When the first friend to see my website told me what they liked best, I was surprised. It wasn’t one of the pages I’d slogged for days writing — it was a tiny link on the search page. But my friend explained:
I’ve been thinking a lot about internet privacy lately, and DuckDuckGo is exactly what I’ve been looking for.
As well as having a cool name, DuckDuckGo is a free web service that can entirely replace Google’s search engine. Here are a few key points from the front page of their (equally cool) website:
- DuckDuckGo doesn’t ever store your personal information
- It doesn’t follow you around with ads
- It doesn’t track you in or out of private browsing mode
- It’s easy to add DuckDuckGo to your favourite browser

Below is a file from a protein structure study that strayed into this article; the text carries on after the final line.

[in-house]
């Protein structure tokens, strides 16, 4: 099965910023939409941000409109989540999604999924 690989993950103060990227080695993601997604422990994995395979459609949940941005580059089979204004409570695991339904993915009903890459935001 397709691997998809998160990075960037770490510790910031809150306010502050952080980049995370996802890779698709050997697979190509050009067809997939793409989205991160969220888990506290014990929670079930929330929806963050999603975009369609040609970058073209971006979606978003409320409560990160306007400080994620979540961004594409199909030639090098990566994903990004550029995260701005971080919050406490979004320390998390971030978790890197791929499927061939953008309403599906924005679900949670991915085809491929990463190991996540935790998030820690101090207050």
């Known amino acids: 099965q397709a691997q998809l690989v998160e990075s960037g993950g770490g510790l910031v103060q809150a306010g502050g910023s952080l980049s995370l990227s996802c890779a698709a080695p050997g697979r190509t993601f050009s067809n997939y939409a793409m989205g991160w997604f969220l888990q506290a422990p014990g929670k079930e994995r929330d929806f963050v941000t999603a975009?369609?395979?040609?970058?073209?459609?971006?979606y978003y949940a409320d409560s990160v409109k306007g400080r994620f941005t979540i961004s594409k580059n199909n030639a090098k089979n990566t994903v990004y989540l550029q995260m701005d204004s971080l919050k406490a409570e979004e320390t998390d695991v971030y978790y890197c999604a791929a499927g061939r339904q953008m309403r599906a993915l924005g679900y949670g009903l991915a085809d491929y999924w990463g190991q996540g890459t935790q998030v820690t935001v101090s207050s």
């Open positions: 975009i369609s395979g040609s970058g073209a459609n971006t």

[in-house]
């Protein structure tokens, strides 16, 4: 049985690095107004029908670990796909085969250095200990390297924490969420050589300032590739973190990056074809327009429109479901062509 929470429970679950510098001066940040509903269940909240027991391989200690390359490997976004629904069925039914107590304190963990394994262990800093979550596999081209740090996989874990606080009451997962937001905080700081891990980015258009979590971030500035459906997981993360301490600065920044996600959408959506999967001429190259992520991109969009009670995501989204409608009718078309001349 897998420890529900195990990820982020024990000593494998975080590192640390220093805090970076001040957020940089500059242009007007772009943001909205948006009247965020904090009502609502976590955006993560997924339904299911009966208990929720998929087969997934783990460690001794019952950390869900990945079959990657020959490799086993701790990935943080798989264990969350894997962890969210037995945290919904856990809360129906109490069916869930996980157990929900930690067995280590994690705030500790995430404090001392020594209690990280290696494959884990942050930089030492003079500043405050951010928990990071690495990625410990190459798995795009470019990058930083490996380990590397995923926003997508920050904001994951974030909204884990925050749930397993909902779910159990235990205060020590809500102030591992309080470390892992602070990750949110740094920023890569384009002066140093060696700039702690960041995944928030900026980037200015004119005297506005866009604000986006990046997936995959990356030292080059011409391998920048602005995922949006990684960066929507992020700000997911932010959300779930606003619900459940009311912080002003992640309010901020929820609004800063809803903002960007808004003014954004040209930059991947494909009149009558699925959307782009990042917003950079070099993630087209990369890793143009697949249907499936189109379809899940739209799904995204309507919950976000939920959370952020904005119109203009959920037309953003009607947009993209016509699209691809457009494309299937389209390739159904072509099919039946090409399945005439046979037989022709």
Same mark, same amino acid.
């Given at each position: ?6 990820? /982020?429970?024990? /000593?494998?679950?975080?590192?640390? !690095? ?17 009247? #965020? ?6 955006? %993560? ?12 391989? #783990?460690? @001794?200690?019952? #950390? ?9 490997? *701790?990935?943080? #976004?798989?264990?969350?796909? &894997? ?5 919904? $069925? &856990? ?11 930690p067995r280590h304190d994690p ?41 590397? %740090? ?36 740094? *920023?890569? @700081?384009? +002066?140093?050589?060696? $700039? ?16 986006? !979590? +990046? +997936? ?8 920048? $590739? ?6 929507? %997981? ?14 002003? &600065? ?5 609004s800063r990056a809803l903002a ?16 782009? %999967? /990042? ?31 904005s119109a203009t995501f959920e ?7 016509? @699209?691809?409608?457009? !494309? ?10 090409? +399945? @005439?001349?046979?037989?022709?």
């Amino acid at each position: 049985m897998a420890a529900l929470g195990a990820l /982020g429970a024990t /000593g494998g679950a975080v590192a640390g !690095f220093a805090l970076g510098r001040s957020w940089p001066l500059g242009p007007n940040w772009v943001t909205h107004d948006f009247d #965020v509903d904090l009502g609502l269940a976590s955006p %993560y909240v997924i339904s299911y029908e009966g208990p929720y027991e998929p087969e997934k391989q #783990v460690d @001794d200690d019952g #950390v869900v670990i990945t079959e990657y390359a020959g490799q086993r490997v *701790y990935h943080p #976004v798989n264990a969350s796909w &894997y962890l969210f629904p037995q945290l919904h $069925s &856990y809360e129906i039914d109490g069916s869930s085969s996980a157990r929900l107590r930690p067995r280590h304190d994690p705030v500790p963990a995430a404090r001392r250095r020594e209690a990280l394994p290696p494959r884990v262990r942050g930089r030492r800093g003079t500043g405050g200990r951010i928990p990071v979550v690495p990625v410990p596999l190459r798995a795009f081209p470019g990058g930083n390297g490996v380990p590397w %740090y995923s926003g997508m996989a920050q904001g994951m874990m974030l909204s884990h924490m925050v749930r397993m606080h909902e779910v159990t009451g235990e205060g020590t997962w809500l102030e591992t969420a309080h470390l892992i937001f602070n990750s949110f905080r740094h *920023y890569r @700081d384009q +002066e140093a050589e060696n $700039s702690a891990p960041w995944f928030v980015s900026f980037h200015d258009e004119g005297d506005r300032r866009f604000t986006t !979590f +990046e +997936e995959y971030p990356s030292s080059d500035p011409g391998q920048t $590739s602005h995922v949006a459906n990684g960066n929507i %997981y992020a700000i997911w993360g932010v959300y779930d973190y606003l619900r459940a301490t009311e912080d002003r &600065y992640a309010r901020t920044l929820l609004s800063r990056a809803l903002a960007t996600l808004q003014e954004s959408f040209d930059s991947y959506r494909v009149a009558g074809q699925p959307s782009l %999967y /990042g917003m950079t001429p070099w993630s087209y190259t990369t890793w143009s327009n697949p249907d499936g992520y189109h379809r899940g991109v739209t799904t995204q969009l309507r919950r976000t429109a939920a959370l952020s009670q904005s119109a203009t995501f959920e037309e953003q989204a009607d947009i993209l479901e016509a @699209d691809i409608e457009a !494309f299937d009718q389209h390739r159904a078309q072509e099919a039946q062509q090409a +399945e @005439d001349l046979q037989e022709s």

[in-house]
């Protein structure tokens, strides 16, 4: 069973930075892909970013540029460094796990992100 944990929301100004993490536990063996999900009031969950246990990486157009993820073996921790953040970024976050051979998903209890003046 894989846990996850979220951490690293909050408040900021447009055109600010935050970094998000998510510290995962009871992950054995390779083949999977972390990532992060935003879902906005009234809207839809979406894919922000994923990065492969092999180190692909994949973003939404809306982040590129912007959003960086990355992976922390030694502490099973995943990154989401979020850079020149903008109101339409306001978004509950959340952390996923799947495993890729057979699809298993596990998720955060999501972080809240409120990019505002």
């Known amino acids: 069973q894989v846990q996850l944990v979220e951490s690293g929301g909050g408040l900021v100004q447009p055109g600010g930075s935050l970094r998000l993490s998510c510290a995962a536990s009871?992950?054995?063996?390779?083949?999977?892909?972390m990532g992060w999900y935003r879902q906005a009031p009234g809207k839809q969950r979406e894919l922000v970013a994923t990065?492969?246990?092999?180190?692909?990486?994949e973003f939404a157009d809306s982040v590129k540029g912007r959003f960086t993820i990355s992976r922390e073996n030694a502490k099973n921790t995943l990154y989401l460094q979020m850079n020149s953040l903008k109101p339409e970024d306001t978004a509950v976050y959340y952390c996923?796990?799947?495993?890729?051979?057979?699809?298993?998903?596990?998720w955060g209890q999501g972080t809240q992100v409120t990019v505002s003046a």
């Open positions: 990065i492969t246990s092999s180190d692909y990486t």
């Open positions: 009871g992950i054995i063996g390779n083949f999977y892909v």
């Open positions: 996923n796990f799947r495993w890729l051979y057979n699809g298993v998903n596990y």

I’ve used DuckDuckGo as my sole search engine for the last couple of years. Once in a while, I’ve had to swap back to Google’s search to look for something with a more fine-grained filter than DuckDuckGo — usually to restrict the search to a longer time period.
But otherwise I’ve really enjoyed using it. It’s got a more attractive user interface than the other search engines. It’s simpler, and easier to understand. And it offers — something that many more people are becoming aware of — much better internet privacy.
- The Case Against Google: A long New York Times Magazine article that compares Google with prior US monopolies such as Standard Oil, AT&T, and Microsoft — vividly describing how these monopolies have abused their powers, how major breakthroughs in technology have created seemingly inevitable monopolies — and why governments try to break them up, despite their popularity with consumers
- How to Live Without Google is a geeky list of alternatives to Google’s (excellent, but market dominant, and heavily tracked) other services, such as Gmail, Google Docs, and YouTube
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The classic book that started me woodworking